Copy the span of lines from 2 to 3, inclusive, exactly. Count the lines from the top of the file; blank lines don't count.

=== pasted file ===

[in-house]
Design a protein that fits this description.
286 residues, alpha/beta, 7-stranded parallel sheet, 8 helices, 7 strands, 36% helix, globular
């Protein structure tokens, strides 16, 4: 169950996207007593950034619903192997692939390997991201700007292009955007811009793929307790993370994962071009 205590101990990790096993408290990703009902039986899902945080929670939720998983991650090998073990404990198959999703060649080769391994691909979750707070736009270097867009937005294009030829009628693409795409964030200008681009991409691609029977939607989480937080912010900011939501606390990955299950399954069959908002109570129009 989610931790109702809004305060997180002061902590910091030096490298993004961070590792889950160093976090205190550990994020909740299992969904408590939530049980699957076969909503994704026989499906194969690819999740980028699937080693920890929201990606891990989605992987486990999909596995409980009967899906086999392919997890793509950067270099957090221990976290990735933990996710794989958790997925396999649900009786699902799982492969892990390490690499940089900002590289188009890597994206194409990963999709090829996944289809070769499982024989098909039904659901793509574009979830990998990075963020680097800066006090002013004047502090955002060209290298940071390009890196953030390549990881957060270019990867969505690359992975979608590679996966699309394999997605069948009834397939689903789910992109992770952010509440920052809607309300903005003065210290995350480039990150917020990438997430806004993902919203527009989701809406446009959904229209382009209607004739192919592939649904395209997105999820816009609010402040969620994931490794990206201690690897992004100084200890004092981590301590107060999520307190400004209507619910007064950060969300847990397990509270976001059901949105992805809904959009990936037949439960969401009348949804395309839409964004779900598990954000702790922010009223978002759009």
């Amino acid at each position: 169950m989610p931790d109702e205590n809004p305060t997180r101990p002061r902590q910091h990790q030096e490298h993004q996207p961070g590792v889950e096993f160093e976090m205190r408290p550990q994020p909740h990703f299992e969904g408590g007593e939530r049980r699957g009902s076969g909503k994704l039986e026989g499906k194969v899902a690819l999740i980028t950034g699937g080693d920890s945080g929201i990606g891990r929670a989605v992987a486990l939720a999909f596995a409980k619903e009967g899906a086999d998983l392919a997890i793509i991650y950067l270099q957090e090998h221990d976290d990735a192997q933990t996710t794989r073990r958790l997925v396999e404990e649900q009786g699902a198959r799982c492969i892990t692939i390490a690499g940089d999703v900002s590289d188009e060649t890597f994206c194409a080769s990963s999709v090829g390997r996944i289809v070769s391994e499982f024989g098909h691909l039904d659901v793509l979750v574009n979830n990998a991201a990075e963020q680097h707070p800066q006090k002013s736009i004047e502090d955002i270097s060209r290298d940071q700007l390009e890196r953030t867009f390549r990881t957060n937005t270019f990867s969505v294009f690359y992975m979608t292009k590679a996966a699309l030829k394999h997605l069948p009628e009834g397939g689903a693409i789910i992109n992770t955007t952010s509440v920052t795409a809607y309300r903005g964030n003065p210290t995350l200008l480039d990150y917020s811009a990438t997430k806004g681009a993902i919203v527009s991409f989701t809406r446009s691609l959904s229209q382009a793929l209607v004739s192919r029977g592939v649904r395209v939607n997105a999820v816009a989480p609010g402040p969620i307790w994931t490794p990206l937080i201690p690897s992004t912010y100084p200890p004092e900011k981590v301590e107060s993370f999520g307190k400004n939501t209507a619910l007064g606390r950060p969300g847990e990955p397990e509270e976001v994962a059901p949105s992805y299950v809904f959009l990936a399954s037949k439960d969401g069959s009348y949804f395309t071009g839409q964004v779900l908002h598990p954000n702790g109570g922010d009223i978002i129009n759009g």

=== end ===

Design a protein that fits this description.
286 residues, alpha/beta, 7-stranded parallel sheet, 8 helices, 7 strands, 36% helix, globular